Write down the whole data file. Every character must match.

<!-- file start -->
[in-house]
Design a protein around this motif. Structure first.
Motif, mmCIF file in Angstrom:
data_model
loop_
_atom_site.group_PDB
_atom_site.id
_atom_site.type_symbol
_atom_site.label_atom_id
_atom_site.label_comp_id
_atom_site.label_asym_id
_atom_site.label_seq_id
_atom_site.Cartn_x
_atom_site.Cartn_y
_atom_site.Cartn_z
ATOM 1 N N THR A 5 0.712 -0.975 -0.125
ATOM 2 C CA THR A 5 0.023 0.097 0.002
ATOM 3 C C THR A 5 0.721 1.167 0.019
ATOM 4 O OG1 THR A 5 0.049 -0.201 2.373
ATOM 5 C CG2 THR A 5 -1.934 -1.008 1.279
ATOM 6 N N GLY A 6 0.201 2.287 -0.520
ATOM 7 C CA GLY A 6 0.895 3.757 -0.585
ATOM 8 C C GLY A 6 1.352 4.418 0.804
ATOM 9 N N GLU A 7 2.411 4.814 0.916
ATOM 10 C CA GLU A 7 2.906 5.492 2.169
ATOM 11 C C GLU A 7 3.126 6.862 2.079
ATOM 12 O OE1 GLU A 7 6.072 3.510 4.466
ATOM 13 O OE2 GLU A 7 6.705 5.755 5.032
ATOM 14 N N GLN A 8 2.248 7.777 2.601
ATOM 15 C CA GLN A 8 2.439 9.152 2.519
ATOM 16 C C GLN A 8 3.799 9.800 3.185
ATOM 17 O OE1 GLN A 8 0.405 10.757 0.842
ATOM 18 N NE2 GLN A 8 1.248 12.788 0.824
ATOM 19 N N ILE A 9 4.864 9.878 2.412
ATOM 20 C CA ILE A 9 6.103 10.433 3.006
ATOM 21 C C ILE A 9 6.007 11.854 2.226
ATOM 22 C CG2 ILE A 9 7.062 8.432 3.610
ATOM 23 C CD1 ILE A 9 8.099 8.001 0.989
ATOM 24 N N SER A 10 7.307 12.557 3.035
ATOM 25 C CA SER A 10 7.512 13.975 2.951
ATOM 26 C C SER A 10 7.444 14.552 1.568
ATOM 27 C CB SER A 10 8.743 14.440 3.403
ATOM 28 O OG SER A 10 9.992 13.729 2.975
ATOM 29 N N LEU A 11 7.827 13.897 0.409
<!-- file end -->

[in-house]
Design a protein around this motif. Structure first.
Motif, mmCIF file in Angstrom:
data_model
loop_
_atom_site.group_PDB
_atom_site.id
_atom_site.type_symbol
_atom_site.label_atom_id
_atom_site.label_comp_id
_atom_site.label_asym_id
_atom_site.label_seq_id
_atom_site.Cartn_x
_atom_site.Cartn_y
_atom_site.Cartn_z
ATOM 1 N N THR A 5 0.712 -0.975 -0.125
ATOM 2 C CA THR A 5 0.023 0.097 0.002
ATOM 3 C C THR A 5 0.721 1.167 0.019
ATOM 4 O OG1 THR A 5 0.049 -0.201 2.373
ATOM 5 C CG2 THR A 5 -1.934 -1.008 1.279
ATOM 6 N N GLY A 6 0.201 2.287 -0.520
ATOM 7 C CA GLY A 6 0.895 3.757 -0.585
ATOM 8 C C GLY A 6 1.352 4.418 0.804
ATOM 9 N N GLU A 7 2.411 4.814 0.916
ATOM 10 C CA GLU A 7 2.906 5.492 2.169
ATOM 11 C C GLU A 7 3.126 6.862 2.079
ATOM 12 O OE1 GLU A 7 6.072 3.510 4.466
ATOM 13 O OE2 GLU A 7 6.705 5.755 5.032
ATOM 14 N N GLN A 8 2.248 7.777 2.601
ATOM 15 C CA GLN A 8 2.439 9.152 2.519
ATOM 16 C C GLN A 8 3.799 9.800 3.185
ATOM 17 O OE1 GLN A 8 0.405 10.757 0.842
ATOM 18 N NE2 GLN A 8 1.248 12.788 0.824
ATOM 19 N N ILE A 9 4.864 9.878 2.412
ATOM 20 C CA ILE A 9 6.103 10.433 3.006
ATOM 21 C C ILE A 9 6.007 11.854 2.226
ATOM 22 C CG2 ILE A 9 7.062 8.432 3.610
ATOM 23 C CD1 ILE A 9 8.099 8.001 0.989
ATOM 24 N N SER A 10 7.307 12.557 3.035
ATOM 25 C CA SER A 10 7.512 13.975 2.951
ATOM 26 C C SER A 10 7.444 14.552 1.568
ATOM 27 C CB SER A 10 8.743 14.440 3.403
ATOM 28 O OG SER A 10 9.992 13.729 2.975
ATOM 29 N N LEU A 11 7.827 13.897 0.409